World Bipolar Day: 10 Harmful Myths About Bipolar Disorder

On March 30th, the world comes together to bring awareness to a mental illness that afflicts 45 million people worldwide: bipolar disorder. Bipolar is an umbrella term for several diseases that have the same symptoms but manifest differently. This affliction can be broken into three major categories: Bipolar I disorder, Bipolar II disorder, and Cyclothymic disorder. So, what exactly is bipolar disorder? 

Everyone has ups and downs, good and bad days. However, someone who suffers from this disorder experiences periods of mania followed by major depression. These states can last from a few days to weeks. During a mania period, a person may engage in risky behavior, have an abundance of energy, high self-esteem, and euphoric feelings. During a major depressive state, the person begins to lose energy, and their self-esteem begins to plummet. They fall into a dark place that is the polar opposite of their mental state during the mania period. 

Doctors aren’t entirely sure what causes bipolar disorder. 

However, they believe that the cause may lie in brain circuits and neurotransmitters. Noradrenaline (norepinephrine), serotonin, and dopamine are brain chemicals that help maintain proper brain and bodily functions. Doctors and scientists believe that an imbalance of these brain chemicals is what causes bipolar disorder. In a non-bipolar brain, all of these chemicals are balanced. In the brain of someone with BD, chemicals controlling happy and sad thoughts are uneven. This imbalance is what causes episodes of euphoria. The brain is full of neurotransmitters and begins to fire them out. Once the brain has “run out,” the depressive state hits. 

For those living with it, life can be stressful. Triggers, such as a traumatic event or alcohol or drug use, can make the symptoms worse. It’s essential to know the facts, especially if you or a loved one suffers from it. Here are ten common myths and misconceptions about it.

1. Bipolar disorder is just another term for being moody. 

Yes, everyone has ups and downs. But for those with bipolar, those ups and downs are more severe. Their intensity is enough to impact the person’s work and personal lives.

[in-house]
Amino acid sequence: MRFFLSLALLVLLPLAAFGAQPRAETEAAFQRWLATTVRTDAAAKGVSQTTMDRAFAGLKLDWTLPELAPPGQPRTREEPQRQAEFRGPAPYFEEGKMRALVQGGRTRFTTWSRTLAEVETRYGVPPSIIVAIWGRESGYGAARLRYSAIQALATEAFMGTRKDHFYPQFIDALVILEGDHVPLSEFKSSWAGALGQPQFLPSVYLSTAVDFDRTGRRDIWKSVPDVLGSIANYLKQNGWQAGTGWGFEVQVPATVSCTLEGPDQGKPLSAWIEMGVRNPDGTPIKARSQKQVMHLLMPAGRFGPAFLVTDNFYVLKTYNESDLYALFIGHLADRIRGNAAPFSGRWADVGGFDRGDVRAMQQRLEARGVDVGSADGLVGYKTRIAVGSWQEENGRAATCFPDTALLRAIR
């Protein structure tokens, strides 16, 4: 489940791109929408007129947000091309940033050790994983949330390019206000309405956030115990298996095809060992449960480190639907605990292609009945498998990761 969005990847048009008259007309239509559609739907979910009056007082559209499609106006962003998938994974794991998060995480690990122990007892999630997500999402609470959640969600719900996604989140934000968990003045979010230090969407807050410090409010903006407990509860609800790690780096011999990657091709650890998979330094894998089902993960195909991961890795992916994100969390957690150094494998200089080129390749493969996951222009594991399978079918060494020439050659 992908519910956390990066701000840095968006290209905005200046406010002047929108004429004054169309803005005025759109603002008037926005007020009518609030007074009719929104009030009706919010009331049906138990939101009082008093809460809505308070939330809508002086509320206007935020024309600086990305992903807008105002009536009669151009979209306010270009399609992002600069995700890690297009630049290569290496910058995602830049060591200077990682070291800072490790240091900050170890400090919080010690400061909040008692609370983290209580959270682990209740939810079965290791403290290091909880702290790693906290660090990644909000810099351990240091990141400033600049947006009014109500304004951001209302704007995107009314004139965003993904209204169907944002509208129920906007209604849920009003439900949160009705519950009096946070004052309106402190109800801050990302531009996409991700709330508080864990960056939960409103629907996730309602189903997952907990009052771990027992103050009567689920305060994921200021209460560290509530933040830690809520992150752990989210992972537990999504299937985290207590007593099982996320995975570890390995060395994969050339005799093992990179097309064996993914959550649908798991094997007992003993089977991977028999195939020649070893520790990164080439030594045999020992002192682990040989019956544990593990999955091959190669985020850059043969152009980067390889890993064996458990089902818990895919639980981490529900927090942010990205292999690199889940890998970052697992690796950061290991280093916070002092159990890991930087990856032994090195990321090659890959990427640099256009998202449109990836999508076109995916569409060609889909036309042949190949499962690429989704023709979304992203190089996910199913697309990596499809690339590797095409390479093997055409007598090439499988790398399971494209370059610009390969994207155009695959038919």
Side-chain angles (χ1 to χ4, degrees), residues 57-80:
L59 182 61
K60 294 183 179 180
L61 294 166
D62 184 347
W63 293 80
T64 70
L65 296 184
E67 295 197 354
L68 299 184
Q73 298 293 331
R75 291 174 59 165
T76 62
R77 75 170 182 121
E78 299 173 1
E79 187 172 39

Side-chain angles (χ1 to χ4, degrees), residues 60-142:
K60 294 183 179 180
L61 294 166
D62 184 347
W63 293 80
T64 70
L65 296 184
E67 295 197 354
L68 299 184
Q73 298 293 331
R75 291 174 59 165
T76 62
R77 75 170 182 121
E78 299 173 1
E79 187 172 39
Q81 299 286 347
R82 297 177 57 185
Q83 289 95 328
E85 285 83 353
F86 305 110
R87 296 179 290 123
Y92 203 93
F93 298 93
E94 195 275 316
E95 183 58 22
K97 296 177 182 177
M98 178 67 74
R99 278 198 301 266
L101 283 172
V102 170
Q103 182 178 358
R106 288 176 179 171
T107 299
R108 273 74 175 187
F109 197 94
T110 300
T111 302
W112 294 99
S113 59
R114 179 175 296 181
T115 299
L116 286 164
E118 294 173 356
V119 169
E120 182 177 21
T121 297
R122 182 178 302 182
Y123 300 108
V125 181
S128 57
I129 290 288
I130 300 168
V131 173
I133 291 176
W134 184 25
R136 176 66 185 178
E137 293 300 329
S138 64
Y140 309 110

2. Bipolar disorder doesn’t affect children. 

Children as young as six can be affected. Those who have parents affected by this disorder are more likely to be affected by it. Children affected by it tend to have rapid mood swings between depression and mania, often occurring throughout the day. That differs from adults since their mood swings tend to go for weeks or months. 

3. Nothing can help people with bipolar disorder. 

With proper treatment, 30% of individuals affected can make a full recovery, while another 40% see a significant reduction in symptoms. 

4. If you have bipolar, you can’t work. 

More than 75% of those diagnosed with bipolar disorder have successful careers. 

5. There is a specific test that tells you if you’re affected. 

There isn’t a particular test to diagnose bipolar disorder. Your doctor may conduct a physical exam, run some labs, and ask you questions about your symptoms to rule out other medical conditions. If your symptoms are characteristic of those in the “DSM-5” (the Diagnostic and Statistical Manual of Mental Disorders), you will receive a diagnosis. 

6. People with bipolar disorder don’t experience other mental health conditions

Those who have bipolar disorder can also suffer from anxiety, ADHD, eating disorders, and substance abuse.

7. Stress doesn’t trigger bipolar disorder. 

Stressful events, such as a breakup or financial difficulty, can trigger episodes of depression. 

8. Mania can be a fun and happy time. 

Although mania is characterized by feelings of extreme energy, positivity, and high self-esteem, it comes at a cost. Erratic behavior, such as spending large amounts of money, can lead to stress once the episode is over.

9. Medication is the only treatment for bipolar disorder. 

Mood stabilizers and antipsychotic medication are the most common treatment options for bipolar. However, behavior therapy, as well as diet and exercise changes, can be just as effective as medication. 

10. When the person begins to show improvement, they can stop taking their medication. 

When the symptoms of bipolar begin to subside, it might indicate that the person’s medicine is working effectively or that they are between episodes. Even though the person feels fine and wants to stop the medication, the treatment should continue. Staying on the medication helps to keep the symptoms under control and minimize any stress on the body. 

Bipolar disorder is a severe mental health condition. But with proper knowledge and treatment, those living with the illness can lead a stress-free and full life. 

Featured image via geralt on Pixabay


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